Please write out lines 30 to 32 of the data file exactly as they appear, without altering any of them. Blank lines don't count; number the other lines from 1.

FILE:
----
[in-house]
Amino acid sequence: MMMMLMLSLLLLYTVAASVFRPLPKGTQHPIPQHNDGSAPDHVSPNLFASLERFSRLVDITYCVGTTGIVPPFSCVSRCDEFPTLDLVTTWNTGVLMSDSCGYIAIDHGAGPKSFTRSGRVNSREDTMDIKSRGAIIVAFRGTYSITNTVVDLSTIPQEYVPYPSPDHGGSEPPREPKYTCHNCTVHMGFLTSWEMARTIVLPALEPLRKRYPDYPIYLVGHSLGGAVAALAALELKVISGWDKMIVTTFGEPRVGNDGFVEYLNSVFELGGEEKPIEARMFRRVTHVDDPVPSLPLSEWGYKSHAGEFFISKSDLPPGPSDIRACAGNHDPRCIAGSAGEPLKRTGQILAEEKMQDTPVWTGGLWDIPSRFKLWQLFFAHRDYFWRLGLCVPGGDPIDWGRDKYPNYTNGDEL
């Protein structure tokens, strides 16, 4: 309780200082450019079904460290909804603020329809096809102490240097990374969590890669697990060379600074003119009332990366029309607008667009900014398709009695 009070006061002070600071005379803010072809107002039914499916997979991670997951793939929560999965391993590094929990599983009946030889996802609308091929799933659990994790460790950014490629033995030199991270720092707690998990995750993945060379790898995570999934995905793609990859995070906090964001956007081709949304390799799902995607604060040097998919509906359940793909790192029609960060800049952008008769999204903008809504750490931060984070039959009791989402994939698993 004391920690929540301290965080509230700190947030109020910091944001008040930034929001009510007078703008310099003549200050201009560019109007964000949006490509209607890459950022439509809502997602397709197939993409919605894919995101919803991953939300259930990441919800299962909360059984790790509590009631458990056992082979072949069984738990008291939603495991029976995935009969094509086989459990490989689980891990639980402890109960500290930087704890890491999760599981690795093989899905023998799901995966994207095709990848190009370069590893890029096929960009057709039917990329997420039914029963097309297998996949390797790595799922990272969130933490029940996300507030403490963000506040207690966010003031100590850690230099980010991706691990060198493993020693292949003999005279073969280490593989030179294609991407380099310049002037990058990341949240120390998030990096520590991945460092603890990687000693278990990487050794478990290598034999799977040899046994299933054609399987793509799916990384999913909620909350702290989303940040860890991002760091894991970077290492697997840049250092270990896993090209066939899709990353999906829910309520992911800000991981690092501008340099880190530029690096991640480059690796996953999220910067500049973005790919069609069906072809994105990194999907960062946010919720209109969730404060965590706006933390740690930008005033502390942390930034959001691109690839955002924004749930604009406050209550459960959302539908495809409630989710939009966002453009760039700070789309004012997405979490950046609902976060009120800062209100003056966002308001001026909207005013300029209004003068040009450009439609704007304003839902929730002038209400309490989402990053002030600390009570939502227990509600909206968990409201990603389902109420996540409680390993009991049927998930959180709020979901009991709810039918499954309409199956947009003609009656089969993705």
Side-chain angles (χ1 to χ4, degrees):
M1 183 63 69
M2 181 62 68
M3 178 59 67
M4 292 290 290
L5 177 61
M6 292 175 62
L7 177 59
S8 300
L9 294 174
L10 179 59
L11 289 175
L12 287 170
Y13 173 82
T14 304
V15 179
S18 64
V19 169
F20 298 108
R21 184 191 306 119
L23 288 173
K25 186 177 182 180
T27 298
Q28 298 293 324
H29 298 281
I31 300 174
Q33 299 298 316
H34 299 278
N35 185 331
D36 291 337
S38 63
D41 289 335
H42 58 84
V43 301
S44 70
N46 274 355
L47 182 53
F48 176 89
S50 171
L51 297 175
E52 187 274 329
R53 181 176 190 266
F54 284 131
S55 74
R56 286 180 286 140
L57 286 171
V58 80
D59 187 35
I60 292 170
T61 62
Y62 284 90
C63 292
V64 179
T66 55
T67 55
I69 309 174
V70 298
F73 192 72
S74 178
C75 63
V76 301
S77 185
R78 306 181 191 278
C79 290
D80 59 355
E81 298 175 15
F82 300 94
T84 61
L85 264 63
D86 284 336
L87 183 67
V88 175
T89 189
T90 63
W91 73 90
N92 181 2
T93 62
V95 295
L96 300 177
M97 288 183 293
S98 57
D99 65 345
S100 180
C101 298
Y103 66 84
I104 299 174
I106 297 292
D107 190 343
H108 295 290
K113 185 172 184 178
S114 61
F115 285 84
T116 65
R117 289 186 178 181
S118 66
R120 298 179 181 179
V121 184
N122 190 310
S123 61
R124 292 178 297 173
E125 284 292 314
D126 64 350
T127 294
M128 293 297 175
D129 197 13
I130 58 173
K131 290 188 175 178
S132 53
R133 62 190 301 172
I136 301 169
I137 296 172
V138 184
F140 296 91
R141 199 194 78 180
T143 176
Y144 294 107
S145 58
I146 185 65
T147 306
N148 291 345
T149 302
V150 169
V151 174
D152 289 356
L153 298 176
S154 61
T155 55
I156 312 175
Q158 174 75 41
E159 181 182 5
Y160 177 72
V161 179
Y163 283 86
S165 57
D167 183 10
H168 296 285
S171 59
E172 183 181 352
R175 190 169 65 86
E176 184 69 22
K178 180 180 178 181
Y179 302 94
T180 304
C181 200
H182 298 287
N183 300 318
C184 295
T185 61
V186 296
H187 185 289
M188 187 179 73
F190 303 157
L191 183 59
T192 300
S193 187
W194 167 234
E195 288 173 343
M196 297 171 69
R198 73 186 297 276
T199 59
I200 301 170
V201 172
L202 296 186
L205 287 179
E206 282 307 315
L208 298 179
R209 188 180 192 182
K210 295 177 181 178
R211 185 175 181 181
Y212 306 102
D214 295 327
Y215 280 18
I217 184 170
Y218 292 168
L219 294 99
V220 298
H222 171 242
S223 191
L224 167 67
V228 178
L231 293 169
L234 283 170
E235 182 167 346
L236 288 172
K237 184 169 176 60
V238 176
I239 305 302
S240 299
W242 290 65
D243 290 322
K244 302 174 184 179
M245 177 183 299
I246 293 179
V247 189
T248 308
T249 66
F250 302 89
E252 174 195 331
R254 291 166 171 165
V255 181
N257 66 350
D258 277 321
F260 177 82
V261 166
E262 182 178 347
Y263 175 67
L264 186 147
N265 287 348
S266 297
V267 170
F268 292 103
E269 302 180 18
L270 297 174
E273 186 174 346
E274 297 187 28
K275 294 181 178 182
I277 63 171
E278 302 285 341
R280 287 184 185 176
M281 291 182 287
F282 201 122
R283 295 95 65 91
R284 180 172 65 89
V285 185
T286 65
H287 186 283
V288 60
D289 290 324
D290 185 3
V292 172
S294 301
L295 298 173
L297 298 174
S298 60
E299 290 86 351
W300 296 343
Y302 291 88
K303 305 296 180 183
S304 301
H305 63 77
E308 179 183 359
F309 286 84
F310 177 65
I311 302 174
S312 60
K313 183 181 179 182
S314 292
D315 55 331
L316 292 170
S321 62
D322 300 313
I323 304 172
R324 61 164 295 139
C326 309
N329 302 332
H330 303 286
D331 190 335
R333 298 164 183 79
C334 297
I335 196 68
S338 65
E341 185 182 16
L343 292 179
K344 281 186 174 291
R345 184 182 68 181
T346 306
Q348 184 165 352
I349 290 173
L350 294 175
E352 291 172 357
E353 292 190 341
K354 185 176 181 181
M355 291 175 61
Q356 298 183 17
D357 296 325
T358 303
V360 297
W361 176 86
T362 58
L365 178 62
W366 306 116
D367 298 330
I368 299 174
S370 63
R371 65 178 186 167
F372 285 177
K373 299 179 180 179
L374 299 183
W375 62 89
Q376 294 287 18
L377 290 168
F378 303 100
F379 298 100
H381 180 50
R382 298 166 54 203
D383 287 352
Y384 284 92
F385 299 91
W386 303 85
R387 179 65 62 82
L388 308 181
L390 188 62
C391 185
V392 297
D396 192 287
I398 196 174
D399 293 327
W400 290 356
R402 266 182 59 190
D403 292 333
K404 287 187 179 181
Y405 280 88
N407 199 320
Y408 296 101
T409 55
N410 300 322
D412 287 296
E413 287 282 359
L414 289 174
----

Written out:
Q33 299 298 316
H34 299 278
N35 185 331